3. Weil, P. A., Luse, D. S., Segall, J. & Roeder, R. G. Selective and accurate initiation of transcription at the Ad2 major late promotor in a soluble system dependent on purified RNA polymerase II and DNA. Cell 18, 469–484 (1979).

    Article  CAS  PubMed  Google Scholar 

  4. Orphanides, G., Lagrange, T. & Reinberg, D. The general transcription factors of RNA polymerase II. Genes Dev. 10, 2657–2683 (1996).

    Article  CAS  PubMed  Google Scholar 

  5. Koch, F. et al. Transcription initiation platforms and GTF recruitment at tissue-specific enhancers and promoters. Nat. Struct. Mol. Biol. 18, 956–963 (2011).

    Article  CAS  PubMed  Google Scholar 

  6. Plaschka, C. et al. Architecture of the RNA polymerase II-Mediator core initiation complex. Nature 518, 376–380 (2015).

    Article  CAS  PubMed  Google Scholar 

  7. Schier, A. C. & Taatjes, D. J. Structure and mechanism of the RNA polymerase II transcription machinery. Genes Dev. 34, 465–488 (2020).

    Article  CAS  PubMed  PubMed Central  Google Scholar 

  8. Flanagan, P. M., Kelleher, R. J. III, Sayre, M. H., Tschochner, H. & Kornberg, R. D. A mediator required for activation of RNA polymerase II transcription in vitro. Nature 350, 436–438 (1991).

    Article  CAS  PubMed  Google Scholar 

  9. Richter, W. F., Nayak, S., Iwasa, J. & Taatjes, D. J. The Mediator complex as a master regulator of transcription by RNA polymerase II. Nat. Rev. Mol. Cell Biol. https://doi.org/10.1038/s41580-022-00498-3 (2022).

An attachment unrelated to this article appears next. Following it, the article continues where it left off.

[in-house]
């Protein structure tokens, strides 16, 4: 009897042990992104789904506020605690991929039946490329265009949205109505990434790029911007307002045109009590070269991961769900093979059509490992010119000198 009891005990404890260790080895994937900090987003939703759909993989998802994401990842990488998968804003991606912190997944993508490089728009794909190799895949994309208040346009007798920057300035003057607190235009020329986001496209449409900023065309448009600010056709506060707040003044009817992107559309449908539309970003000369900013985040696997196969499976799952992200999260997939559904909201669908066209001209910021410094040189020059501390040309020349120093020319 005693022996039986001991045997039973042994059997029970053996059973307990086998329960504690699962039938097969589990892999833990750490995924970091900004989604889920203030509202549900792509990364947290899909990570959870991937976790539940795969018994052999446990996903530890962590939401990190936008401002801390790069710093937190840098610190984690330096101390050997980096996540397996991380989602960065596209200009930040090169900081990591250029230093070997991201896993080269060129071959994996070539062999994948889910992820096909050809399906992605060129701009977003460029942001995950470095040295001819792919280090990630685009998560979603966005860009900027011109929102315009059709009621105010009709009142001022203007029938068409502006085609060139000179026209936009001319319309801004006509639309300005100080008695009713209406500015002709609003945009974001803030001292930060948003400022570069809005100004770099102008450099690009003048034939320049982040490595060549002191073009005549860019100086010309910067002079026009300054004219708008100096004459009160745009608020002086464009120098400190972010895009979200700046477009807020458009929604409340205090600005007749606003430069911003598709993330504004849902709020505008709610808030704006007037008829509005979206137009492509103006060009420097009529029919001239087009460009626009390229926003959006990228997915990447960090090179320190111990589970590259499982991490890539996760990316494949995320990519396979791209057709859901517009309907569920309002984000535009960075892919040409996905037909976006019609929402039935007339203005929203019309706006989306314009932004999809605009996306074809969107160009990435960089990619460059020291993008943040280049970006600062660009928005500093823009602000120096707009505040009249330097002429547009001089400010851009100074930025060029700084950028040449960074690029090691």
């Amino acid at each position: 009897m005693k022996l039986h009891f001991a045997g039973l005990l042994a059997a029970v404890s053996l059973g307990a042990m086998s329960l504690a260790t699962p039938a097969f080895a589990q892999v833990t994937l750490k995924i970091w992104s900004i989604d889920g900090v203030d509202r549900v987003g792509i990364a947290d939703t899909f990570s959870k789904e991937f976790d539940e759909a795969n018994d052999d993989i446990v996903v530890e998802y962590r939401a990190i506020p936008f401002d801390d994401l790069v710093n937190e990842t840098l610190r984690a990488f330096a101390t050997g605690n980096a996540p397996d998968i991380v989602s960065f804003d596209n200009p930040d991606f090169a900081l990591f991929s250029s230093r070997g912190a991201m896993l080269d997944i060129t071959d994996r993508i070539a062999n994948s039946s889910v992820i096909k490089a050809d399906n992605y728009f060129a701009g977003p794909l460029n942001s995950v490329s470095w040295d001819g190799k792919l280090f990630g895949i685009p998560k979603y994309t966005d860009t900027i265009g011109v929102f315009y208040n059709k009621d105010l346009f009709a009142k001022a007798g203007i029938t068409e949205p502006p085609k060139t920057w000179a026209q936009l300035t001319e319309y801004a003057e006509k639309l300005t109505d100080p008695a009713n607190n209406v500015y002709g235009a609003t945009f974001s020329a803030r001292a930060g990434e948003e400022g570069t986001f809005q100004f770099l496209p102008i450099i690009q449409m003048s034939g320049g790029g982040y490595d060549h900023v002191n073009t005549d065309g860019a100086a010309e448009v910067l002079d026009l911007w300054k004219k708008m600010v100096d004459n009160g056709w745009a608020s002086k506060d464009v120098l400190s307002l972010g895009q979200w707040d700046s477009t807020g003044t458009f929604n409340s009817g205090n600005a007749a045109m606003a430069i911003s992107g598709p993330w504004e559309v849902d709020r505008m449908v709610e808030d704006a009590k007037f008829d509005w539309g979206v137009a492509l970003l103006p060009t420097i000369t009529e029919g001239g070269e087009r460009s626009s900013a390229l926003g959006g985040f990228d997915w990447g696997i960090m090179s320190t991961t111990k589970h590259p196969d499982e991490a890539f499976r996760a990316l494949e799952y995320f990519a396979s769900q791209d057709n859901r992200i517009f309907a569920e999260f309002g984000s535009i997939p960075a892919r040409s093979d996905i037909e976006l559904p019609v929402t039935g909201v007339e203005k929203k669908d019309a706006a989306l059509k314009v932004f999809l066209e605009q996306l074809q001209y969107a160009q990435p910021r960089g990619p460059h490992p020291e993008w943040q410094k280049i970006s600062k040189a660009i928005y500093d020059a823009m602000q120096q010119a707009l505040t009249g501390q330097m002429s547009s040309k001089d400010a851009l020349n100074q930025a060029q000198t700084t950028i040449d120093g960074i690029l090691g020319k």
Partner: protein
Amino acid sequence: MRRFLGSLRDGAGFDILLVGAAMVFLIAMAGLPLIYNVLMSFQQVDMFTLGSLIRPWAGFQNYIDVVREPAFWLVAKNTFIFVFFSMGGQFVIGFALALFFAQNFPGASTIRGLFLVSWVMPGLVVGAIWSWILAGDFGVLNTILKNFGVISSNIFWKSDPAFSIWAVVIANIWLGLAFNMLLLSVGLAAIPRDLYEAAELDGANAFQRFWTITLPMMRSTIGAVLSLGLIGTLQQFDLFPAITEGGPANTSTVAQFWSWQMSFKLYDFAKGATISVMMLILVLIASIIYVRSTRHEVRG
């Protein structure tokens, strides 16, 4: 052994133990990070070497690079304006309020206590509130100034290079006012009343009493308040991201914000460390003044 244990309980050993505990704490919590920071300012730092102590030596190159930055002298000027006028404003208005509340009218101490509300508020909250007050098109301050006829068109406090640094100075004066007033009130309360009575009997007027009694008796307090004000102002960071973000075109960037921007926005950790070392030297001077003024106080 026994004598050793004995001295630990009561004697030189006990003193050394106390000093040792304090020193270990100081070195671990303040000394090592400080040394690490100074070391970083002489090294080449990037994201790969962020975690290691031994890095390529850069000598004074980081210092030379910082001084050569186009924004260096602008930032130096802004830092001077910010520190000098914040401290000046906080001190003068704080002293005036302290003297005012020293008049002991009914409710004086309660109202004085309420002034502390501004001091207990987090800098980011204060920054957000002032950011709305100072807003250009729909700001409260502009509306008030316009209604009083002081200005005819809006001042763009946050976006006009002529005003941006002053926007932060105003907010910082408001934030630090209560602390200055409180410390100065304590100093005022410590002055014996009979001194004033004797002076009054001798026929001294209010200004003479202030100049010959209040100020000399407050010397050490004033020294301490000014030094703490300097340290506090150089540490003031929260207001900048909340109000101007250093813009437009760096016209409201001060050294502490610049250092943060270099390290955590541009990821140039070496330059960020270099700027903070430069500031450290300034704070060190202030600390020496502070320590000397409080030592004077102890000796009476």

Article  PubMed  PubMed Central  Google Scholar 

  10. Rahl, P. B. et al. c-Myc regulates transcriptional pause release. Cell 141, 432–445 (2010).

    Article  CAS  PubMed  PubMed Central  Google Scholar 

  11. Core, L. J., Waterfall, J. J. & Lis, J. T. Nascent RNA sequencing reveals widespread pausing and divergent initiation at human promoters. Science 322, 1845–1848 (2008).

    Article  CAS  PubMed  PubMed Central  Google Scholar 

  12. Zeitlinger, J. et al. RNA polymerase stalling at developmental control genes in the Drosophila melanogaster embryo. Nat. Genet. 39, 1512–1516 (2007).

    Article  CAS  PubMed  PubMed Central  Google Scholar 

  13. Muse, G. W. et al. RNA polymerase is poised for activation across the genome. Nat. Genet. 39, 1507–1511 (2007).

    Article  CAS  PubMed  PubMed Central  Google Scholar 

  14. Fant, C. B. et al. TFIID enables RNA polymerase II promoter-proximal pausing. Mol. Cell 78, 785–793 (2020).

    Article  CAS  PubMed  PubMed Central  Google Scholar 

  15. Kwak, H. & Lis, J. T. Control of transcriptional elongation. Annu. Rev. Genet. 47, 483–508 (2013).

    Article  CAS  PubMed  PubMed Central  Google Scholar